Phil Keisling, former Oregon secretary of state and current director of the Center for Public Service at Portland State University, wrote the cover article in the current edition of the Washington Monthly titled: Vote from Home, Save Your Country. In it, he makes the case for universal vote by mail (UVBM) as it is now practiced in Oregon, Washington and Colorado.
Academic researchers have studied UVBM. But in an article by Keisling titled: What Critics Get Wrong about Universal Vote By Mail, he notes this:
The core question these academic studies address seems straightforward enough. Controlling for all other relevant factors, how much difference does Election Reform X seem to make? Every election is different—by year, between states, and within states. Was Reform X, first used in 2010, really responsible for that 8 percent higher voter turnout compared to the 2006 midterms? Or were other factors responsible? In fact, might turnout have otherwise been 12 percent higher, except for X?
Every electorate is different, too. Election researchers have long known that four demographic factors significantly correlate with the propensity of a given state’s population to register and to vote: age, personal income, educational attainment, and race/ethnicity. Latino and Asian citizens, for example, have voting rates—especially in non-presidential elections like midterms and primaries—that are roughly half the rates of both black and white citizens, who now vote at roughly equal rates in such elections.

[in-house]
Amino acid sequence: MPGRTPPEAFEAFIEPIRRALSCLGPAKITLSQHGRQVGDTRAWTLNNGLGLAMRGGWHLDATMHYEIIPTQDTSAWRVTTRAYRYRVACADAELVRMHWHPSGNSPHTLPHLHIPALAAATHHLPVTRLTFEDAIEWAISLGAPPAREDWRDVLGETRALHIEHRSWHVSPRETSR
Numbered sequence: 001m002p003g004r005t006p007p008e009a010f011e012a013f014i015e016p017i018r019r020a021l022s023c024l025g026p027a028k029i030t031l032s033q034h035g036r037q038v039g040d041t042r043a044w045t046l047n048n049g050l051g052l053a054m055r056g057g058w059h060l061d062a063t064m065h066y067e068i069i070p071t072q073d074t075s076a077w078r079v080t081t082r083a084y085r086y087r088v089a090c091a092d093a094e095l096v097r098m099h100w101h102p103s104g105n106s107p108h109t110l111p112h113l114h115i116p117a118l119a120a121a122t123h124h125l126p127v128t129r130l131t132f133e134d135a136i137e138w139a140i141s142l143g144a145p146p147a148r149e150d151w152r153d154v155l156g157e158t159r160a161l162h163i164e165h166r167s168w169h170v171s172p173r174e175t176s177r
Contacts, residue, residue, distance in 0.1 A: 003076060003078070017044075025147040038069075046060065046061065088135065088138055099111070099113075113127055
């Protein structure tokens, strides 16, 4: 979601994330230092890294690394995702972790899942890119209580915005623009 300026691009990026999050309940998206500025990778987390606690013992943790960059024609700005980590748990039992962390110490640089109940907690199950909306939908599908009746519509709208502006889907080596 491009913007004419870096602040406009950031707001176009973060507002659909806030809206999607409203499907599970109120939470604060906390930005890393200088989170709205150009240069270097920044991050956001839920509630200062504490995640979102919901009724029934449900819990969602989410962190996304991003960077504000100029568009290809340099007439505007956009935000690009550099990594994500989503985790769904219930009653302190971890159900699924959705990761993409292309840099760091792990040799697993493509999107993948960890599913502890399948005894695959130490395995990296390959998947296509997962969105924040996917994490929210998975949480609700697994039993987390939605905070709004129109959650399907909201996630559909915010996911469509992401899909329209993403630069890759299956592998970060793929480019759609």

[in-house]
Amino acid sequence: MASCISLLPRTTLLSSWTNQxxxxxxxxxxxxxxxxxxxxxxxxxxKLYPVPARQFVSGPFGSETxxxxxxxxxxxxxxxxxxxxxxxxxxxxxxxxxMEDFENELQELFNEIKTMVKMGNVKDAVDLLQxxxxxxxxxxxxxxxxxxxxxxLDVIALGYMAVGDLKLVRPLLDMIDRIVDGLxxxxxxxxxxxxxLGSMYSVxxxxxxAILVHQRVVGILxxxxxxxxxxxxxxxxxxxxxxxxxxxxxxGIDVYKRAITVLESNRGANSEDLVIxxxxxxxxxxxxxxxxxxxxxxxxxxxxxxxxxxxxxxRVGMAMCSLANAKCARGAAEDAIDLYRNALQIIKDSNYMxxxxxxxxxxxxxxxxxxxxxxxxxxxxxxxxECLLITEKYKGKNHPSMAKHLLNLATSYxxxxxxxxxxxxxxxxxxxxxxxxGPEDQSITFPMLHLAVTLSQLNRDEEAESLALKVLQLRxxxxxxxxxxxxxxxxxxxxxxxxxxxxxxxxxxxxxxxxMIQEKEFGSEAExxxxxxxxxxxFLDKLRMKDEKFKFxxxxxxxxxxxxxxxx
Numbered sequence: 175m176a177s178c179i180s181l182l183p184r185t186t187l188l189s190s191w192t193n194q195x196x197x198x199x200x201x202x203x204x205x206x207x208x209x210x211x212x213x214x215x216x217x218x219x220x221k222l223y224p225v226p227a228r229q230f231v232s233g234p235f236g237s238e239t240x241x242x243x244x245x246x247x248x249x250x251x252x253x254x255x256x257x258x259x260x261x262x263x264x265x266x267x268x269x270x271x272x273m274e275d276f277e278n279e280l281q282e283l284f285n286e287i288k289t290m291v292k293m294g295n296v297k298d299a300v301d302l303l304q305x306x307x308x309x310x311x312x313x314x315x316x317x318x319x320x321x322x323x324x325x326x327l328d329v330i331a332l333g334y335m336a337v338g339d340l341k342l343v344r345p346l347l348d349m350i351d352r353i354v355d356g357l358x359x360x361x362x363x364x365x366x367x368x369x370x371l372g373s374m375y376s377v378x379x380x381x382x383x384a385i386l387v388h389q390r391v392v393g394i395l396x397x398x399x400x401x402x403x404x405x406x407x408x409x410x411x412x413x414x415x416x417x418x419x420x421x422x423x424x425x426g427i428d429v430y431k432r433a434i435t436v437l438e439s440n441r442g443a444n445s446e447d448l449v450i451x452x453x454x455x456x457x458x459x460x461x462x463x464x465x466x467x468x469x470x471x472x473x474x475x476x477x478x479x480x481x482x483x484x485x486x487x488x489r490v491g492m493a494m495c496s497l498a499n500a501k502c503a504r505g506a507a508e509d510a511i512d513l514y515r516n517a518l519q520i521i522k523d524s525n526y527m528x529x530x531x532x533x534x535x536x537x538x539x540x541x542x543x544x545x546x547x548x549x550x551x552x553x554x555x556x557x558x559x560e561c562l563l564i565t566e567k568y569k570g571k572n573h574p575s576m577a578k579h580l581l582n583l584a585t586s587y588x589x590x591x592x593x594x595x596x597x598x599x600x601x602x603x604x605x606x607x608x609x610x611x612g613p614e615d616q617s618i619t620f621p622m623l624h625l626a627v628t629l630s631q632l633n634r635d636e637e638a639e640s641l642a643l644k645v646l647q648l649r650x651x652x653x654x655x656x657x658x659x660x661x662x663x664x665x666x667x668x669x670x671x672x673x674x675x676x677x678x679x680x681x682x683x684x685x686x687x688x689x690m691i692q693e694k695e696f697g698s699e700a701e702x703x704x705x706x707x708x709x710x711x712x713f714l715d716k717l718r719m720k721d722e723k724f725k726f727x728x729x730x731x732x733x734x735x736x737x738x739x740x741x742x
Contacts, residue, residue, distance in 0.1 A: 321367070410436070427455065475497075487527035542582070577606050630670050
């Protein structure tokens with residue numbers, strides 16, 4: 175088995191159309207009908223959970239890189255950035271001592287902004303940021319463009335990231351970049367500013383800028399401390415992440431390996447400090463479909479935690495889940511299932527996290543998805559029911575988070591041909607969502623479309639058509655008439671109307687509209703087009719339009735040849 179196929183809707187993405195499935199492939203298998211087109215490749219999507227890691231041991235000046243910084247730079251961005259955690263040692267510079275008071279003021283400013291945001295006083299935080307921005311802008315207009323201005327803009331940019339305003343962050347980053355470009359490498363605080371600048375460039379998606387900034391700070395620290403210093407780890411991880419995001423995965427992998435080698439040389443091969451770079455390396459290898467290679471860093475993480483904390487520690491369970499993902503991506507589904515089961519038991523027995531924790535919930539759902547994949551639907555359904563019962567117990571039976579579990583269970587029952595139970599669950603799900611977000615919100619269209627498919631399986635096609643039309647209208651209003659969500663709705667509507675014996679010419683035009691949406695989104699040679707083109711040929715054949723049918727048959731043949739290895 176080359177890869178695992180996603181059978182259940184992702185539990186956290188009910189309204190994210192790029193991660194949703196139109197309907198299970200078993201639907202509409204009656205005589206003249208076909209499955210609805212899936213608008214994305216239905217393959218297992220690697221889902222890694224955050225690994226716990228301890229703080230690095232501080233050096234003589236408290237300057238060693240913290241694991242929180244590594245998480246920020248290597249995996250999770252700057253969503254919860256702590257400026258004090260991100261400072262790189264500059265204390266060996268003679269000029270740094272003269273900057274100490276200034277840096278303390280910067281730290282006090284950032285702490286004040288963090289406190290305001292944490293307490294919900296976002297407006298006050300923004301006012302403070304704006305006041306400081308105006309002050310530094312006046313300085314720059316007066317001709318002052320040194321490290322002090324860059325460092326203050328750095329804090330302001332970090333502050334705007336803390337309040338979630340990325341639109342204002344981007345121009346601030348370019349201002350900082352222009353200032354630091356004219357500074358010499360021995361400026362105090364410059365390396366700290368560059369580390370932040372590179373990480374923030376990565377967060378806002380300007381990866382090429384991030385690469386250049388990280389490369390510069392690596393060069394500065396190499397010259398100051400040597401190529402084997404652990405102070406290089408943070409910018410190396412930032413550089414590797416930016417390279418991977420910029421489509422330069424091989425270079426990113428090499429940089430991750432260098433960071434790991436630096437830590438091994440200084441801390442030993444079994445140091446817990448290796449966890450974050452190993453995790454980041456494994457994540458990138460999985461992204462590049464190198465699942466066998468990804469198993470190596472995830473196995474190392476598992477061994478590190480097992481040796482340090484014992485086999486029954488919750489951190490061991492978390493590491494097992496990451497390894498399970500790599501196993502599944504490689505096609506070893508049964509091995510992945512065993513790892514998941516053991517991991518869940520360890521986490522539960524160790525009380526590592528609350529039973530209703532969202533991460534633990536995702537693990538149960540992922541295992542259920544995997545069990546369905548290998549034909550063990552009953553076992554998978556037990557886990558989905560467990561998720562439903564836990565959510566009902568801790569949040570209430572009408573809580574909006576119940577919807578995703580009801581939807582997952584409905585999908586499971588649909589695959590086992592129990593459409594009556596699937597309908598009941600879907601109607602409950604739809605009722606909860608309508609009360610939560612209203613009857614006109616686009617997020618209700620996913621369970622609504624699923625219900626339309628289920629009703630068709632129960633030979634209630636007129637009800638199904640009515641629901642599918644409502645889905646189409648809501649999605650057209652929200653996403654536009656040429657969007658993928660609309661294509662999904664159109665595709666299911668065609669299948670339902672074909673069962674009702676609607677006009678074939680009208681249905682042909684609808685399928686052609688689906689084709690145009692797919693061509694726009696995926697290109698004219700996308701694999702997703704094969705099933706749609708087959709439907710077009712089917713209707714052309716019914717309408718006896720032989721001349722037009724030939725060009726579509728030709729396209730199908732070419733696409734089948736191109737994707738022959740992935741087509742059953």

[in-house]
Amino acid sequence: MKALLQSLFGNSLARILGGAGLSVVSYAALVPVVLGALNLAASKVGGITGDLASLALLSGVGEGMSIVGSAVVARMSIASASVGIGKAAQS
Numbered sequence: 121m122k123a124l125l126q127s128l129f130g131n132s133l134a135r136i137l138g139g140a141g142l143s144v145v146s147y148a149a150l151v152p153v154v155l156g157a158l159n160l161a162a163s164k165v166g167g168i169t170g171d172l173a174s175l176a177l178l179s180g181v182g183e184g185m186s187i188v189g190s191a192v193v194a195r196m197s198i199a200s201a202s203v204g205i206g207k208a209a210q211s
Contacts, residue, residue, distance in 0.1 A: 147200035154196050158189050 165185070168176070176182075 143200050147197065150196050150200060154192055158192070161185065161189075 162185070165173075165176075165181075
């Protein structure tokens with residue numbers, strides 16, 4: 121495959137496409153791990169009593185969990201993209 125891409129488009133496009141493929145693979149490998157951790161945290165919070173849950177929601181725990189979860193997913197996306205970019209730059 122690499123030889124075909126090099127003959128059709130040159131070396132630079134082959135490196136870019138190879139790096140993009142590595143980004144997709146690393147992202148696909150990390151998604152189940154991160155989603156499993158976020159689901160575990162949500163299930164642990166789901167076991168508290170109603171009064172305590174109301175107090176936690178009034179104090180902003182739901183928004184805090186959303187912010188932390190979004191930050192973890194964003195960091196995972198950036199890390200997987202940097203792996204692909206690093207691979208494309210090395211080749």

Researchers use various assumptions and statistical models to try to account for these and other differences between elections and electorates. But there’s no one broadly accepted framework for making these adjustments; assumptions and models vary widely among academics. And the resulting studies—rife with various correlations, weighted least squares logit models, and regression analyses—are often opaque to nonspecialists.
Keisling has provided us with a thorough review of the research on UVBY, outlining where these different assumptions and models have been used and demonstrating why that produces varying results.